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Spooner Rodeo Clown

Posted at: 07/15/2013 8:33 PM
Updated at: 07/17/2013 10:44 PM
By: Laura Kennedy
lkennedy@wdio.com



On the rodeo circuit, John Harrison wears many hats. First, he's a clown.

"When a person pays to be entertained, they want to be entertained the whole time," Harrison said. "So my job is, if there's a lull or dead spot in the show, to entertain them."

Later in the show, he saddles up his own horse and does some trick riding.

"Trick riding is something I always wanted to do and it's everything your mom told you not to do," Harrison said. "You sit up there and hang on, and I'm like the one trying to fall off the side. When you're upside down it kind of brings a whole new light to things."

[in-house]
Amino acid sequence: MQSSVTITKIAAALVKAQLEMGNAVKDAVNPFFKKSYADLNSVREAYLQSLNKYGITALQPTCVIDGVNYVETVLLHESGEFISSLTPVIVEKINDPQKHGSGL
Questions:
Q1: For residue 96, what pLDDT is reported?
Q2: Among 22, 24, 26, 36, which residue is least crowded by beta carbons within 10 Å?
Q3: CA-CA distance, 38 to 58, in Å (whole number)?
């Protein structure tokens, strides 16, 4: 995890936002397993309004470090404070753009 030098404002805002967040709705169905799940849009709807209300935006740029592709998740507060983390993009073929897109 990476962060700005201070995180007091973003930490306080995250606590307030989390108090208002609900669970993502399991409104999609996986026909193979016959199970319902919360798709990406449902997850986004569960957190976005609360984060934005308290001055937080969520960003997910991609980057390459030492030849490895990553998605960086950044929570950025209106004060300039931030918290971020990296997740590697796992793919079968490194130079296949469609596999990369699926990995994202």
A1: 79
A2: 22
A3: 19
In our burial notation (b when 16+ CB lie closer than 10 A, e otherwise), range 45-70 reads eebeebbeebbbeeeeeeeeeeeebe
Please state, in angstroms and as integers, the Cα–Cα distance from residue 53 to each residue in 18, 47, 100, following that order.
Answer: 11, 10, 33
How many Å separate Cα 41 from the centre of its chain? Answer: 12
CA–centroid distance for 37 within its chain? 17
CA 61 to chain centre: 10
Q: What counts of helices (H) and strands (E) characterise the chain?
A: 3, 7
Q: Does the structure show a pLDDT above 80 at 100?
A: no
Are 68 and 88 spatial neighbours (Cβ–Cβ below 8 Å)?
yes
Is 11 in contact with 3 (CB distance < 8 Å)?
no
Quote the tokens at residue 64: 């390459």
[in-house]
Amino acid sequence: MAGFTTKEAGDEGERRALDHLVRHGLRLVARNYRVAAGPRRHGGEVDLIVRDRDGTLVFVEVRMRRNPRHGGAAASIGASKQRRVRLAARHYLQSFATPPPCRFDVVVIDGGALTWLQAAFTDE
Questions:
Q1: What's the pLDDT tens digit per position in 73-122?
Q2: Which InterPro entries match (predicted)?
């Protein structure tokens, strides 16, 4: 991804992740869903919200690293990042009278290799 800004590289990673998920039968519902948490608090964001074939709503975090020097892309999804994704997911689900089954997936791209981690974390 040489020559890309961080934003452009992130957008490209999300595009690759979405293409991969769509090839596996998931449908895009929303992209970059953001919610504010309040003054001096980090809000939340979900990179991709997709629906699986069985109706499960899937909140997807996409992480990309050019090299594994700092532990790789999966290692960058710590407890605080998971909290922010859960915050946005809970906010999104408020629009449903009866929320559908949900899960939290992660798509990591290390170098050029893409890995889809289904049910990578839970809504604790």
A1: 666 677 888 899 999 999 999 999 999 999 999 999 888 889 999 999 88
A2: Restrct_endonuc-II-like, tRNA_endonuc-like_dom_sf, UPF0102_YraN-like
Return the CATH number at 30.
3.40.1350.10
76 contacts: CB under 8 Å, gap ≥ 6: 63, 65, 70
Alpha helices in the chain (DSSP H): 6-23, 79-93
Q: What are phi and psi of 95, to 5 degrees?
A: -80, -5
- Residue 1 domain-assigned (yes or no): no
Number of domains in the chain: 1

But Harrison's night doesn't end there. He also serves as "barrel man" to rescue bull riders in peril.

"Bull riding is the toughest eight seconds on dirt. It's the toughest sport there is," he said. "My importance is to stay in that barrel and if somebody needs my help, to pick up that barrel, it's got two handles in it, get in the middle of the wreck and help them."

Rodeo life isn't easy. Injuries are inevitable.

"If you're in rodeo long enough you're gonna get hurt," Harrison said. "It's gonna happen no matter what event you're in, you're gonna take an injury. I've had both knee reconstructions, shoulder reconstructions and I'm due for a hip."

And the schedule can be grueling.

"We're on the road about nine months out of the year," he said.

But Harrison has company on the circuit. His wife and three kids are along for the ride, and his daughter is even part of the act.

"Having my family with me means a lot," Harrison said.

And he's gained an extended family along the way.

"They're like cousins to us. You might see them twice a year, you might see them 20 times a year. They're always good to see you," Harrison said.